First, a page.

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WASHINGTON — Air Force officers Mark and Greta Toth thought they had completed all the proper paperwork when they adopted their daughter, Katie, on Okinawa, in 1984.

It wasn’t until 15 years later, when she applied for a passport after her 18th birthday, that they realized they had missed something very important.

“[State Department officials] told me she wasn’t a citizen,” said Toth, now a retired airman and Ohio resident. “They shot down her passport, even though she had lived here all her life. I had to hire a lawyer just to get her a green card, to start the process.

“[My attorneys] told me if she had ever left the country, well, I don’t know what could have happened.”

Now the Toths have asked their congressman to make sure other families don’t face the same problems.

Last week, Rep. Ted Strickland, D-Ohio, introduced legislation allowing parents of children adopted outside the United States to petition the U.S. Citizenship and Immigration Services for special consideration of their case.

Strickland said the goal is to make the process easier for adoptive families, especially military personnel stationed overseas.

“It seems like this was a real glitch,” he said. “I don’t think anyone would feel circumstances like that would be fair for a family.”

Jane Cramer, assistant director for Pearl Buck International House’s adoption services, said she has dealt with several cases similar to the Toths’.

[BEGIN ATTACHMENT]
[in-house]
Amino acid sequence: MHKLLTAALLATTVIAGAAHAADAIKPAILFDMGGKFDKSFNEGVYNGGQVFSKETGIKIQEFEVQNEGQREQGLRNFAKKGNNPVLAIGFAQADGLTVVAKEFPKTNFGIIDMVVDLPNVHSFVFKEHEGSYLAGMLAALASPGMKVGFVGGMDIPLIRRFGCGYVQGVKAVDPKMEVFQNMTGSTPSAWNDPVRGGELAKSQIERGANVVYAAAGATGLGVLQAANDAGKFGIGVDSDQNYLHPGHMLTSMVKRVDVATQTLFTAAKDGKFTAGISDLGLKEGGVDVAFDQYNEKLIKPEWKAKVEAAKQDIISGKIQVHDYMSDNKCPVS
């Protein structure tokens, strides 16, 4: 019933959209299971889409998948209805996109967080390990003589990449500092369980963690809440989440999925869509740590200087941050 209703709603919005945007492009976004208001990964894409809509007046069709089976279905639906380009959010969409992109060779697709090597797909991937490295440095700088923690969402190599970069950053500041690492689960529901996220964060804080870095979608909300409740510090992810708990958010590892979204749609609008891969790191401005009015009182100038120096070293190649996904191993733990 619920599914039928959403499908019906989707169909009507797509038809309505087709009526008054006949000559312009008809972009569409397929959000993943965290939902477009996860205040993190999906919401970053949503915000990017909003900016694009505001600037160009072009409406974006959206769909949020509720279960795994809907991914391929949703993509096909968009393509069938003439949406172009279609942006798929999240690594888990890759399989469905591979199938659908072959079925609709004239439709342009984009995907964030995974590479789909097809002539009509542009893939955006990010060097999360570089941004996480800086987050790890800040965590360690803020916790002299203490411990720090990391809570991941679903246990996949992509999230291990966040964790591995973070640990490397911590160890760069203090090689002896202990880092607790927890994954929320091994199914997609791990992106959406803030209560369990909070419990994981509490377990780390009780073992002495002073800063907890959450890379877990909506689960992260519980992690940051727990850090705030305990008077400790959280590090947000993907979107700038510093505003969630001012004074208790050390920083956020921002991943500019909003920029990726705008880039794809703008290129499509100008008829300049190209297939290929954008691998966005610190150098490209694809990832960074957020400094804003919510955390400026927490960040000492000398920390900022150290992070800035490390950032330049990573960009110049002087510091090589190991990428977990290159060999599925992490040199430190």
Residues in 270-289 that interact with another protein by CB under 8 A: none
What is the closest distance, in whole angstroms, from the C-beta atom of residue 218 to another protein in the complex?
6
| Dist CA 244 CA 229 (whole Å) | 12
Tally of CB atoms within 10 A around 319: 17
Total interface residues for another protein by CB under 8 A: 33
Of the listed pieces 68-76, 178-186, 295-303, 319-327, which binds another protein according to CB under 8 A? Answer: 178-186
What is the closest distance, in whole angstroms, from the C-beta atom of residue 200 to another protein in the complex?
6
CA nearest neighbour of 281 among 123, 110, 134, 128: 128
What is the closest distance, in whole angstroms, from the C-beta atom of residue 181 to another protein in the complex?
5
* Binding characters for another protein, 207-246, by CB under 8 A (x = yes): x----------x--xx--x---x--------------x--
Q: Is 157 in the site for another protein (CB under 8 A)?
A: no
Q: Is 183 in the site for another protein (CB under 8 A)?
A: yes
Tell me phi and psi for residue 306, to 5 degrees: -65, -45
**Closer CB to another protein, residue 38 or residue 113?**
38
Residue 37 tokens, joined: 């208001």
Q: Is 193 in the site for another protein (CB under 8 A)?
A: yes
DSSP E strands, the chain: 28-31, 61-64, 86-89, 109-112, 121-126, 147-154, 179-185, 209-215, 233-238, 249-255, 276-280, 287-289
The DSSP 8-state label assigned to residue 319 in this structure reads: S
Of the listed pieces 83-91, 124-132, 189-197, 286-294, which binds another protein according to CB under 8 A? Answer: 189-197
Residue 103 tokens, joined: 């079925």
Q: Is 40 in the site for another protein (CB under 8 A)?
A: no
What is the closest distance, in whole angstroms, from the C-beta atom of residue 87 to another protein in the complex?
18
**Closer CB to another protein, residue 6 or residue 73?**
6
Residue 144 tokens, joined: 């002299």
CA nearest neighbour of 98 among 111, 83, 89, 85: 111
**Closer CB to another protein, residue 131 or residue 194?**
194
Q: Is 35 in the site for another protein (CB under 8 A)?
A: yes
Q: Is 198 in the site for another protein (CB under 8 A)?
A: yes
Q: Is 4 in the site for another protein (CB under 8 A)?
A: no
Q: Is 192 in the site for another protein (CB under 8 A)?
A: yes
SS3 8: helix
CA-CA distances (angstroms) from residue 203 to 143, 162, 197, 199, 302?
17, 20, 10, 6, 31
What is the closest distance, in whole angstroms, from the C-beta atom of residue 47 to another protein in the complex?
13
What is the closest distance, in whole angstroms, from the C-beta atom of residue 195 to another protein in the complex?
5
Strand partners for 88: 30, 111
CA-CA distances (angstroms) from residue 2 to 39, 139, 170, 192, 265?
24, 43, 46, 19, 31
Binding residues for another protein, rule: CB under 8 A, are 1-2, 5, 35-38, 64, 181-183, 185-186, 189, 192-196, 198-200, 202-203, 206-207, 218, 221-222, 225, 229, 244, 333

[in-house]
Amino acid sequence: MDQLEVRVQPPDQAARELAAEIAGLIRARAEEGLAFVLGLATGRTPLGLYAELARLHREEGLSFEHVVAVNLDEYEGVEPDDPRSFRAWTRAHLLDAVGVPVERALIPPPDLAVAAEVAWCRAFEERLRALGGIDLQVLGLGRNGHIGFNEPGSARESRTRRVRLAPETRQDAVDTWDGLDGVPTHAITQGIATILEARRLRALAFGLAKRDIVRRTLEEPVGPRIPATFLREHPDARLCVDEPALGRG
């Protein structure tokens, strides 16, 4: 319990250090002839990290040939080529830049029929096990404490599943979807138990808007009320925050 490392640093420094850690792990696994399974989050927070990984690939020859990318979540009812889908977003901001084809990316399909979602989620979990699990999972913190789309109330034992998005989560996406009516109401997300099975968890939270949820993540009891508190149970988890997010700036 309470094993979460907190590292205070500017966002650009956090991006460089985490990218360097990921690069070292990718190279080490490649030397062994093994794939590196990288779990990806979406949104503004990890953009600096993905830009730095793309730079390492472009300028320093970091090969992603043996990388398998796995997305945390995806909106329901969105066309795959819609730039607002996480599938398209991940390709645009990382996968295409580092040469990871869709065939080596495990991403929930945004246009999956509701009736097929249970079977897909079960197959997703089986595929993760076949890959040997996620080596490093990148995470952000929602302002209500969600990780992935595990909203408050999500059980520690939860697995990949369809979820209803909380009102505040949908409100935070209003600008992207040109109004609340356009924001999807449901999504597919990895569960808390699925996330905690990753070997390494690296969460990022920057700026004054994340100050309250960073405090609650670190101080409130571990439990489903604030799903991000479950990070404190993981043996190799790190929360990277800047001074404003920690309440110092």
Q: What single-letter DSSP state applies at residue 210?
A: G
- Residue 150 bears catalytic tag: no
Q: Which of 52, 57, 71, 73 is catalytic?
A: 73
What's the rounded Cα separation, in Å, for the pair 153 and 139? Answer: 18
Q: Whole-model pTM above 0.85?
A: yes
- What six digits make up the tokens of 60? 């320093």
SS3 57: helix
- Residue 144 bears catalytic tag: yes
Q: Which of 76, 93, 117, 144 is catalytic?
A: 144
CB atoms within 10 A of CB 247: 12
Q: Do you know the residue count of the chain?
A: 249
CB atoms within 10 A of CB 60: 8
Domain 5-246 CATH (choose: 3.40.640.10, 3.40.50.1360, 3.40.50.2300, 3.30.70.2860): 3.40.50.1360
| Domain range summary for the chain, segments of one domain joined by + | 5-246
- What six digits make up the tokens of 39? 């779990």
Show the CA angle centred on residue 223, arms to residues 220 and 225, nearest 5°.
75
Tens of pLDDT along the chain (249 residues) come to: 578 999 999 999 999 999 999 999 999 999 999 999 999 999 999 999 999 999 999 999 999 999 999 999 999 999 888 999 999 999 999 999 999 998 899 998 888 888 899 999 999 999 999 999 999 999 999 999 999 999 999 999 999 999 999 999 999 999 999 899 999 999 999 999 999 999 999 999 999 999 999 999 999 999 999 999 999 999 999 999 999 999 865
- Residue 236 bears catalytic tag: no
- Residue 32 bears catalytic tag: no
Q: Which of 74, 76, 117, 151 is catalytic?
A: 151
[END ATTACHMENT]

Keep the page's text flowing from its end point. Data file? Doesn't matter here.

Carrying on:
Families who adopted before 2000 were required to file USCIS forms at specific events, such as when the child first entered the U.S., and children of parents confused by the requirements sometimes ended up with citizenship problems.

Since 2000, all children adopted by American parents have been granted instant citizenship, but Cramer said many families still encounter problems with getting the right paperwork and recognition.

Under Strickland’s legislation, adoptive families can ask for the USCIS to waive the standard paperwork and time-frame guidelines for naturalization and allow officials to complete an expedited case.

The legislation also will provide an easier appeals route for families like the Toths who discover problems with the process after-the-fact.

Officials from Strickland’s office said the flexibility could be especially helpful for families of those deployed overseas, allowing the USCIS to grant citizenship quickly instead of waiting for the family to be reassigned to the U.S. to finalize the process.

Toth said he hopes the bill passes quickly, since his daughter still has several years to wait before becoming a full U.S. citizen.

She’s attending John Carroll University in Ohio, studying political science.

No hearings have been scheduled for the legislation.


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